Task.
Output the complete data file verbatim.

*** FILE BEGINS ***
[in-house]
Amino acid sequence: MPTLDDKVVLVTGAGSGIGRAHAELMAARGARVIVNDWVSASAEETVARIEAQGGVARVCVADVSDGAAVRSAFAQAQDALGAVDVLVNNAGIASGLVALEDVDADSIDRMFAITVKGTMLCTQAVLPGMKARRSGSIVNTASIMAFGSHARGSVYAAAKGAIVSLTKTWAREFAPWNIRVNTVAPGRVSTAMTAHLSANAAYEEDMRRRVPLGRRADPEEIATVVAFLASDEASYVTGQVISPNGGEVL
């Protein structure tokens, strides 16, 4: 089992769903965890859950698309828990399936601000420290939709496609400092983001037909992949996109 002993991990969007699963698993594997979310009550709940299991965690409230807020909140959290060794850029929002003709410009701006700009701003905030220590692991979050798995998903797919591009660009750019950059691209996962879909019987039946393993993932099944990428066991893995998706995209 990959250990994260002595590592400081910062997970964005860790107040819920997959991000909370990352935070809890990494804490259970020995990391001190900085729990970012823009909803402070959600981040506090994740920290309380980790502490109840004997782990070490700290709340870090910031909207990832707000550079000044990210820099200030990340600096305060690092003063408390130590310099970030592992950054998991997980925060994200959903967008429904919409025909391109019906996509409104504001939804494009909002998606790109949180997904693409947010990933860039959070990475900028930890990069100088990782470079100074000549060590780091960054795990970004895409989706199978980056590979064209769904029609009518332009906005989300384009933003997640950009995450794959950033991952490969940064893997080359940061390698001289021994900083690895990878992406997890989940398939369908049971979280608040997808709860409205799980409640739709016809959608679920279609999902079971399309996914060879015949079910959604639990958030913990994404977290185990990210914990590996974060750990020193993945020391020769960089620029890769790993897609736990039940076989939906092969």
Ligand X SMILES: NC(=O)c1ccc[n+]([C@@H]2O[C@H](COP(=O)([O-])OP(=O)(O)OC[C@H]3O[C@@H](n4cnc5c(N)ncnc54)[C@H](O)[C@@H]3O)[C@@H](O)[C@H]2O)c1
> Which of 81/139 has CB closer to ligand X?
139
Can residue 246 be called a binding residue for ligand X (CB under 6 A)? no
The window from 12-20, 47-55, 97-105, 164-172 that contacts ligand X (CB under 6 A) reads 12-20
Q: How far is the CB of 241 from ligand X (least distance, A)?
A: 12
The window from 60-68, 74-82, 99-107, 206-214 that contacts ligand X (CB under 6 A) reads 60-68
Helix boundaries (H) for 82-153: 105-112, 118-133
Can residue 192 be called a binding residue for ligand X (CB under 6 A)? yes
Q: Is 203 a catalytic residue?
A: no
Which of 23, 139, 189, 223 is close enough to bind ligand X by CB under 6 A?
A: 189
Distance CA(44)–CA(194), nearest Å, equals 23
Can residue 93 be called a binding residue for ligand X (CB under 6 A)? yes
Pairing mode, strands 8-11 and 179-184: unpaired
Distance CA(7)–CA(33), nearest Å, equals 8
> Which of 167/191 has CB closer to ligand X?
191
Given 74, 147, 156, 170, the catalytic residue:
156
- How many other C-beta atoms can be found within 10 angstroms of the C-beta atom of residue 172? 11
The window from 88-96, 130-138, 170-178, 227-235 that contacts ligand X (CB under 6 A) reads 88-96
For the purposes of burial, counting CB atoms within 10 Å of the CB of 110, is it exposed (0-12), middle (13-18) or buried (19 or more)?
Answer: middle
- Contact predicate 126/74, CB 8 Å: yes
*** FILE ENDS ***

[in-house]
Amino acid sequence: MPTLDDKVVLVTGAGSGIGRAHAELMAARGARVIVNDWVSASAEETVARIEAQGGVARVCVADVSDGAAVRSAFAQAQDALGAVDVLVNNAGIASGLVALEDVDADSIDRMFAITVKGTMLCTQAVLPGMKARRSGSIVNTASIMAFGSHARGSVYAAAKGAIVSLTKTWAREFAPWNIRVNTVAPGRVSTAMTAHLSANAAYEEDMRRRVPLGRRADPEEIATVVAFLASDEASYVTGQVISPNGGEVL
């Protein structure tokens, strides 16, 4: 089992769903965890859950698309828990399936601000420290939709496609400092983001037909992949996109 002993991990969007699963698993594997979310009550709940299991965690409230807020909140959290060794850029929002003709410009701006700009701003905030220590692991979050798995998903797919591009660009750019950059691209996962879909019987039946393993993932099944990428066991893995998706995209 990959250990994260002595590592400081910062997970964005860790107040819920997959991000909370990352935070809890990494804490259970020995990391001190900085729990970012823009909803402070959600981040506090994740920290309380980790502490109840004997782990070490700290709340870090910031909207990832707000550079000044990210820099200030990340600096305060690092003063408390130590310099970030592992950054998991997980925060994200959903967008429904919409025909391109019906996509409104504001939804494009909002998606790109949180997904693409947010990933860039959070990475900028930890990069100088990782470079100074000549060590780091960054795990970004895409989706199978980056590979064209769904029609009518332009906005989300384009933003997640950009995450794959950033991952490969940064893997080359940061390698001289021994900083690895990878992406997890989940398939369908049971979280608040997808709860409205799980409640739709016809959608679920279609999902079971399309996914060879015949079910959604639990958030913990994404977290185990990210914990590996974060750990020193993945020391020769960089620029890769790993897609736990039940076989939906092969």
Ligand X SMILES: NC(=O)c1ccc[n+]([C@@H]2O[C@H](COP(=O)([O-])OP(=O)(O)OC[C@H]3O[C@@H](n4cnc5c(N)ncnc54)[C@H](O)[C@@H]3O)[C@@H](O)[C@H]2O)c1
> Which of 81/139 has CB closer to ligand X?
139
Can residue 246 be called a binding residue for ligand X (CB under 6 A)? no
The window from 12-20, 47-55, 97-105, 164-172 that contacts ligand X (CB under 6 A) reads 12-20
Q: How far is the CB of 241 from ligand X (least distance, A)?
A: 12
The window from 60-68, 74-82, 99-107, 206-214 that contacts ligand X (CB under 6 A) reads 60-68
Helix boundaries (H) for 82-153: 105-112, 118-133
Can residue 192 be called a binding residue for ligand X (CB under 6 A)? yes
Q: Is 203 a catalytic residue?
A: no
Which of 23, 139, 189, 223 is close enough to bind ligand X by CB under 6 A?
A: 189
Distance CA(44)–CA(194), nearest Å, equals 23
Can residue 93 be called a binding residue for ligand X (CB under 6 A)? yes
Pairing mode, strands 8-11 and 179-184: unpaired
Distance CA(7)–CA(33), nearest Å, equals 8
> Which of 167/191 has CB closer to ligand X?
191
Given 74, 147, 156, 170, the catalytic residue:
156
- How many other C-beta atoms can be found within 10 angstroms of the C-beta atom of residue 172? 11
The window from 88-96, 130-138, 170-178, 227-235 that contacts ligand X (CB under 6 A) reads 88-96
For the purposes of burial, counting CB atoms within 10 Å of the CB of 110, is it exposed (0-12), middle (13-18) or buried (19 or more)?
Answer: middle
- Contact predicate 126/74, CB 8 Å: yes